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Fell Top Conditions on Monday 26 February

Readings from Helvellyn summit at 11:41

Temperature minus 2.3°C Maximum wind speed 32.2mph Wind chill minus 12.3°C Average wind speed 23.8mph Wind direction NE

A slowly improving day with hill cloud clearing and windspeeds dropping off in the afternoon. Colder overnight temperatures have frozen any wet snow that thawed yesterday, and more ice and frozen ground was present today above 700m. Rime ice was also beginning to form on many cold windward surfaces above this altitude.

The snowline remains at roughly 600m, and although snow cover is generally thin, drifts of around 50cm and deeper are present in sheltered areas, most notably around north and east-facing corrie rims where small cornices have formed in some places.

Sunny south-facing slopes have lost the most snow cover, and are often a mixture of snow and exposed ground, whereas shaded north-facing slopes still have more continuous cover.

Steep and exposed routes such as the Helvellyn edges are in winter condition although with plenty of exposed rock along the crests.

Snow on popular routes (such as these) has been compressed and is now quite icy, requiring care and good judgment. Microspikes are advisable as a minimum.

More unsettled conditions are forecast tomorrow with rain, sleet, and snow all possible. Anyone heading out tomorrow should anticipate more snow than is described here.

Full winter clothing (warm and waterproof) including hats and gloves, and equipment including a map, compass, and headtorch are all essential. Goggles may also be a sensible addition to your rucksack for navigating and route finding in challenging conditions.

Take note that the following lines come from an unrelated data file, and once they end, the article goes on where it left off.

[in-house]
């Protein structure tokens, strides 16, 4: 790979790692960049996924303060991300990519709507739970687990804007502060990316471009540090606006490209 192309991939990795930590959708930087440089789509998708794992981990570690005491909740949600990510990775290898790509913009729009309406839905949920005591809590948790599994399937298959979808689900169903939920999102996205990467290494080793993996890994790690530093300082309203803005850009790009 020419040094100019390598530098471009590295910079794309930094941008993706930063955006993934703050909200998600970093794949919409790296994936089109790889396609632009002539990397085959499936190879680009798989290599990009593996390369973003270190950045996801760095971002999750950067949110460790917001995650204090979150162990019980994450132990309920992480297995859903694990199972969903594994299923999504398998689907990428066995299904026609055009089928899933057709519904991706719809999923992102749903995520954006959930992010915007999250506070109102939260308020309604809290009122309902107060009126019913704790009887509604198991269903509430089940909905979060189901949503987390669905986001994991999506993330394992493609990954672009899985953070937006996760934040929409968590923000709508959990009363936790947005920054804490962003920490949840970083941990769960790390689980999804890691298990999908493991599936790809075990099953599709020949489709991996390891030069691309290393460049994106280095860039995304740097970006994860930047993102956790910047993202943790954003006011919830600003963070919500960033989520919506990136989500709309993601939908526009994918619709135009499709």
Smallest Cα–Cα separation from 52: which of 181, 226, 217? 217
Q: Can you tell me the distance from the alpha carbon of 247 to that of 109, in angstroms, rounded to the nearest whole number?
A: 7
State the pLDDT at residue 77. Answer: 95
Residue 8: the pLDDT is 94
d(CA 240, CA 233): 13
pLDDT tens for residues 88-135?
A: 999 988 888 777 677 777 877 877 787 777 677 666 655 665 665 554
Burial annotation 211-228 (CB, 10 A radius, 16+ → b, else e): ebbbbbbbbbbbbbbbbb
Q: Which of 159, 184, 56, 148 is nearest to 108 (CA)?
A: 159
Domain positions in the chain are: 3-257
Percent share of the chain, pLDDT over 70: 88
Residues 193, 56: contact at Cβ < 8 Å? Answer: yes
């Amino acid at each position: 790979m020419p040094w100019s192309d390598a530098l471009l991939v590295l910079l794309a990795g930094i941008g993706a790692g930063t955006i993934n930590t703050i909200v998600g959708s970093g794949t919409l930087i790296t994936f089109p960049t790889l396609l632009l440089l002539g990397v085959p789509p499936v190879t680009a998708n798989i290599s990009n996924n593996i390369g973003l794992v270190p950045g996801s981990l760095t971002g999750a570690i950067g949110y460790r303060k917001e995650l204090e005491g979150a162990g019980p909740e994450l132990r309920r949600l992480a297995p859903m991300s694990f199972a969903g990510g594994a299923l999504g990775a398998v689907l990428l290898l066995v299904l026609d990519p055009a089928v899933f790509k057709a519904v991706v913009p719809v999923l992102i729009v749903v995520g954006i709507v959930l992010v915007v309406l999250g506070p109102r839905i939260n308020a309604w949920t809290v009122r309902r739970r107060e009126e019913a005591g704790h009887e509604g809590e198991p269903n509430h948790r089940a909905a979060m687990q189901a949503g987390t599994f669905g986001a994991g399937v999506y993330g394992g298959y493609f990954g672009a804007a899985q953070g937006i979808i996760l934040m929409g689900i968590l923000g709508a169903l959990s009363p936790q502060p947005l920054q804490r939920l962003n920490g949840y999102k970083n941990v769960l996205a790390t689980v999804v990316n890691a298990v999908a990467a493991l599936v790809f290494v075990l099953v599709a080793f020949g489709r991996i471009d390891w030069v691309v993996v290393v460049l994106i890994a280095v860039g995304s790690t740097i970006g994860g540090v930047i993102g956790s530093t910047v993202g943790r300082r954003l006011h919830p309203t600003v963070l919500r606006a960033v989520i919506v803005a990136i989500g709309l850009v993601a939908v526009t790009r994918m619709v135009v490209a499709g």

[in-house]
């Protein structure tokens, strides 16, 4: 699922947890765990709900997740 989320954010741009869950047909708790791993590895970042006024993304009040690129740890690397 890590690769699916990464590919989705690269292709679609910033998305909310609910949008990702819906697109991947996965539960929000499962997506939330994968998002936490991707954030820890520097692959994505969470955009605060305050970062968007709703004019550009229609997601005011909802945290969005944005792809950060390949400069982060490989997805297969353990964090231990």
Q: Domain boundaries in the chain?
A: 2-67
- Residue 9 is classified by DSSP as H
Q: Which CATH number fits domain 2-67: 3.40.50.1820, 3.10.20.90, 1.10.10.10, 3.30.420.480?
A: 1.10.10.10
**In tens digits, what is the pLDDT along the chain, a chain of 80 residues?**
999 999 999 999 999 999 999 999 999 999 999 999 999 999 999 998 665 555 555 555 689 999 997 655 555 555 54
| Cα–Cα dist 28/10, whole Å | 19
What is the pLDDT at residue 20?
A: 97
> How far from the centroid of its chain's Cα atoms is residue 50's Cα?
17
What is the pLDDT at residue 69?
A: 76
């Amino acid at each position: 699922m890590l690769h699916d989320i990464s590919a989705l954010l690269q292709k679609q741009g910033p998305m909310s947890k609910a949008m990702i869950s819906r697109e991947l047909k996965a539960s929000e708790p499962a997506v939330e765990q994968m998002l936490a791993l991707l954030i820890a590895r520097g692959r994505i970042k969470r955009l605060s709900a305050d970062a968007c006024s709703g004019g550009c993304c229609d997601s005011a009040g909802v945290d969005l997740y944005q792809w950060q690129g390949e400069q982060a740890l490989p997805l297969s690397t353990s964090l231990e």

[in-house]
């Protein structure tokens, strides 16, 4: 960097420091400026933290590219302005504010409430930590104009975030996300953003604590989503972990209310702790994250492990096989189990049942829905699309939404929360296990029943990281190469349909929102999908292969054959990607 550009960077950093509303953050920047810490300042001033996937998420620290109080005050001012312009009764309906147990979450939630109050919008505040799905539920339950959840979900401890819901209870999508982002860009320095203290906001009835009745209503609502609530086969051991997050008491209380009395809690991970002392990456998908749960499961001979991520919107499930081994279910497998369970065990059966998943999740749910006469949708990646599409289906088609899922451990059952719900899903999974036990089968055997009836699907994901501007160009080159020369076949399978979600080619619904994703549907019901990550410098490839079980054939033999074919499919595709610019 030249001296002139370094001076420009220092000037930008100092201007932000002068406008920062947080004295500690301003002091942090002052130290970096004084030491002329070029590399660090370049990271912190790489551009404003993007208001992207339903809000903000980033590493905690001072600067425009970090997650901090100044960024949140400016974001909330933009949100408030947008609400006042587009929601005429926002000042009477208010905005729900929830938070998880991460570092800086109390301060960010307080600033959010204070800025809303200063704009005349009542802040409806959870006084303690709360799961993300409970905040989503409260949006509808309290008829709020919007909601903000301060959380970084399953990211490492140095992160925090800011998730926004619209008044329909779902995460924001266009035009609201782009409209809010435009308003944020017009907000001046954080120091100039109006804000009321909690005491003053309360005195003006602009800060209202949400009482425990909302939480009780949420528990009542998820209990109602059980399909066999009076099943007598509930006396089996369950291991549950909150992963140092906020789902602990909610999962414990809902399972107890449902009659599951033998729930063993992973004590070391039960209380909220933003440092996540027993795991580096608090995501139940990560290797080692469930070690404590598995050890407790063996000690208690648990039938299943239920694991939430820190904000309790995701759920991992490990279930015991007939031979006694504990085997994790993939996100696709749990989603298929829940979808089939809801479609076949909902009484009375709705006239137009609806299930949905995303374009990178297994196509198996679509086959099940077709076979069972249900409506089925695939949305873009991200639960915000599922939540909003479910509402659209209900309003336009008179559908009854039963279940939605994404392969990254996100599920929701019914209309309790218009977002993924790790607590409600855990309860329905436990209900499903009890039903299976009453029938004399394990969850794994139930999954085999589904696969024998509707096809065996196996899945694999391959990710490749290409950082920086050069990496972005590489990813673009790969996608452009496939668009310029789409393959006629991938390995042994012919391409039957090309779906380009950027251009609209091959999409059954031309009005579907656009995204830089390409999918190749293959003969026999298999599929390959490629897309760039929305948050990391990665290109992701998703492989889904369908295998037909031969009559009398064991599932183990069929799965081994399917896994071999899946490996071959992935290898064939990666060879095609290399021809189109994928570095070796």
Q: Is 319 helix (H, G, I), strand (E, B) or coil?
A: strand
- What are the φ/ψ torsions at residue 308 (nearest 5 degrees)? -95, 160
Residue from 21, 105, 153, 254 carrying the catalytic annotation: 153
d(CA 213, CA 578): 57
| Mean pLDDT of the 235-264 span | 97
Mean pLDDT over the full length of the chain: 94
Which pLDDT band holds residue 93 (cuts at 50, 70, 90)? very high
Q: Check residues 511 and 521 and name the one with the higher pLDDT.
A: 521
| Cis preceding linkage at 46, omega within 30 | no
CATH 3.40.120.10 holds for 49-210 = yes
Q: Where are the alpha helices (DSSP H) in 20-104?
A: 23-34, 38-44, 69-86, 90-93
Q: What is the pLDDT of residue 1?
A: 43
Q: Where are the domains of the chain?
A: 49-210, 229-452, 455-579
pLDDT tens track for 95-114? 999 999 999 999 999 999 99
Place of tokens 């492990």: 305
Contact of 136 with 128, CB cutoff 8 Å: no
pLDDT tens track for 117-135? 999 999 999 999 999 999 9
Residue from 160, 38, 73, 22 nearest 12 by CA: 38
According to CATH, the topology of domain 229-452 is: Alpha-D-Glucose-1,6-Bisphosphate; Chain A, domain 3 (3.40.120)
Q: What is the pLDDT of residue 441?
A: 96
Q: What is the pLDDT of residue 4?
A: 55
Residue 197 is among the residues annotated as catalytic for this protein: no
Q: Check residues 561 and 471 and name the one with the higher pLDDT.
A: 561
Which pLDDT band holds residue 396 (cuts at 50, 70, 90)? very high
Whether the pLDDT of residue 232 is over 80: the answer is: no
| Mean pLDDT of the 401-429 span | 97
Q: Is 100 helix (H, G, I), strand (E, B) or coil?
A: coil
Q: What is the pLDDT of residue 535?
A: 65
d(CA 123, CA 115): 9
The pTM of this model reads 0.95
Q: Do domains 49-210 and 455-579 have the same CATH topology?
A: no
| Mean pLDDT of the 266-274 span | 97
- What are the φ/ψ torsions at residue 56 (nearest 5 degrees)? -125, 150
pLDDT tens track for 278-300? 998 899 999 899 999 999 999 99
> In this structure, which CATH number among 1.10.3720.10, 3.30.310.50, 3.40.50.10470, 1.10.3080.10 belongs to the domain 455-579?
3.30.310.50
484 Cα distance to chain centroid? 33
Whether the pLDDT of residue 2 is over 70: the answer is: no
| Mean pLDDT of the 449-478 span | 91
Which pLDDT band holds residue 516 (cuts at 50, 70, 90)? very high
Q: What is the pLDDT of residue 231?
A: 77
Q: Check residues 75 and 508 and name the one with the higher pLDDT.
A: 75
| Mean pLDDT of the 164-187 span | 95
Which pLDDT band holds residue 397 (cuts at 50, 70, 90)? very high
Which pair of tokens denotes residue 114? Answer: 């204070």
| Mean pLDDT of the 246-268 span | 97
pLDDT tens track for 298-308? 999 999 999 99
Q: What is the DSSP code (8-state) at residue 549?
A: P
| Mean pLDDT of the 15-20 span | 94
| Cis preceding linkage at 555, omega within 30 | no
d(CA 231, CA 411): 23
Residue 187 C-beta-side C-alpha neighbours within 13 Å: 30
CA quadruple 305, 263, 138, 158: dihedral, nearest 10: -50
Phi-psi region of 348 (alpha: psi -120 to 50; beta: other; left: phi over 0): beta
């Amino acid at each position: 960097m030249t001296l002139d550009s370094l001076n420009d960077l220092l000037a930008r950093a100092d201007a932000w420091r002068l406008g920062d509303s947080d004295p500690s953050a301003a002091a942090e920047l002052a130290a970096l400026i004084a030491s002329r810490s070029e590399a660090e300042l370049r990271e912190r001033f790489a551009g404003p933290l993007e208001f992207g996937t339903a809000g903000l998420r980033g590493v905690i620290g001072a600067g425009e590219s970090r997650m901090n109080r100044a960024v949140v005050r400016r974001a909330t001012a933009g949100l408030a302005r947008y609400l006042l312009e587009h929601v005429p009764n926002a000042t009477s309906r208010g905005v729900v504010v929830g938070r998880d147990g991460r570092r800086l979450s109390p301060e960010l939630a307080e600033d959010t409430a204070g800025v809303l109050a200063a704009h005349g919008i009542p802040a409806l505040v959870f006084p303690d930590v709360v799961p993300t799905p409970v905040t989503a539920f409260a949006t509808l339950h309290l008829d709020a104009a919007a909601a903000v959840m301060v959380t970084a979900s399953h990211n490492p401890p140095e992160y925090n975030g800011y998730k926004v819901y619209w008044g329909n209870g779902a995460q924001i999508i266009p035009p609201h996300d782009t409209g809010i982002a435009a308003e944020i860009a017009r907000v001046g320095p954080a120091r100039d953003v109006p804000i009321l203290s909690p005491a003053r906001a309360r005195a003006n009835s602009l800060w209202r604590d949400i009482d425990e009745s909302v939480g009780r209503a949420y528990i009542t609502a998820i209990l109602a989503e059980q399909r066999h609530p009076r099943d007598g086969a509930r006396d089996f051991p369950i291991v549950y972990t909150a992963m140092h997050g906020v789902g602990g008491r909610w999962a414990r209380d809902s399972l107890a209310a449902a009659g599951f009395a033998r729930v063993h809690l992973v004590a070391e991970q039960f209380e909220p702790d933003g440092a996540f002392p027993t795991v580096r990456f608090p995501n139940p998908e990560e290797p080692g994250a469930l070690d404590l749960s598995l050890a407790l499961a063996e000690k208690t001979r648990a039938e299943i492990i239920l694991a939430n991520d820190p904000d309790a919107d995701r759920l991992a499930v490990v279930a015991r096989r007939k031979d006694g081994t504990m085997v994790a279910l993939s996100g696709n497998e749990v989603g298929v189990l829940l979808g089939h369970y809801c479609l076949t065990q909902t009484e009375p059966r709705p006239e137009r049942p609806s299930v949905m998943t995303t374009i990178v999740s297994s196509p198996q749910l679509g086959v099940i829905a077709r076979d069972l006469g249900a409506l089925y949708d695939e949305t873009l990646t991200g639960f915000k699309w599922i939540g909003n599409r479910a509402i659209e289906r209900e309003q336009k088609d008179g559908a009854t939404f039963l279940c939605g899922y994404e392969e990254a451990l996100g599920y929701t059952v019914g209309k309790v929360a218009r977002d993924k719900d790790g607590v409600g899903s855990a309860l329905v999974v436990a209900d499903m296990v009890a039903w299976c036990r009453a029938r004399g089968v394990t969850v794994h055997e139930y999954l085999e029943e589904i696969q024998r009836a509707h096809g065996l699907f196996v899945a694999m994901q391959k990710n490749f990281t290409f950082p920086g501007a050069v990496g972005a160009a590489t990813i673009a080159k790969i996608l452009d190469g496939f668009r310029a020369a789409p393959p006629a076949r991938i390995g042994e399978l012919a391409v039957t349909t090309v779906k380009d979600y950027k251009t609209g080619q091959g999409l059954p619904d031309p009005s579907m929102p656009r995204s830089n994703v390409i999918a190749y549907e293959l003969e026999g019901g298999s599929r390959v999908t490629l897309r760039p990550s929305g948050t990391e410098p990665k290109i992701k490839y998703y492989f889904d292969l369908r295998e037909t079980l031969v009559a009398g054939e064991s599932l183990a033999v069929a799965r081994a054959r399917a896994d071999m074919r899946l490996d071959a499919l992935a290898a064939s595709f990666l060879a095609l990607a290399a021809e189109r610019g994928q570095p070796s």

For anyone attempting routes over steep and exposed ground, an ice axe and crampons/microspikes are strongly recommended.

Lake District Forecast for Wednesday

Mainly dry through the morning with some early brightness but increasing cloud brings outbreaks of occasionally heavy rain, preceded initially by sleet and snow above about 750m, around midday, the rain then continuing through the rest of the day.


Occasional or periods of cloud above 600-750m developing by midday then periods or persistent above about 450-600m, with patches below, by mid-afternoon. Away from cloud visibility very good falling to several kilometres in rain and perhaps a kilometre in any snow on higher fells.

Chance of cloud free hill

Close to 100% at first then 60% by midday and near zero mid-afternoon.


Southwesterly 15-20mph backing southerly 25-30mph through afternoon, gusts around 60mph over ridges and summits in the evening.


  • Valley: Around plus 1 or 2 Celsius at dawn rising to plus 9 Celsius
  • At 800m: Around zero rising to plus 4 Celsius
  • Freezing level: Around 800m rising above the summits by early afternoon.

Outlook for next few days

Thursday 29 February

Rain clearing overnight then sunny spells and wintry showers, risk of more persistent evening rain and summit snow. Strong southwesterly winds and summit gales. Freezing level falling to 600m, rising later.

Friday 01 March

Overnight rain clearing then sunny spells and wintry showers. Strong southwesterly winds turning westerly and easing. Freezing level falling to 450m but rising 900m later.

Saturday 02 March

Clear or sunny spells and a few wintry showers. Light and variable winds. Freezing level falling to around 600m.

An overview of weather in the Lake District


The summer season in the Lake District actually runs from March to October. The driest period runs between March and June.

The weather is renowned for changing rapidly and rainfall is a predominant feature. The wettest area in the Lake District is known as Sprinkling Tarn which receives approximately 5000mm of rainfall every year!


The wettest months run from October to January.

Snowfall typically falls from November to March. The valleys of the Lake District receive around 20 days of snow and 200 days of rain per year.

Enjoy the fells safely on a winter skills course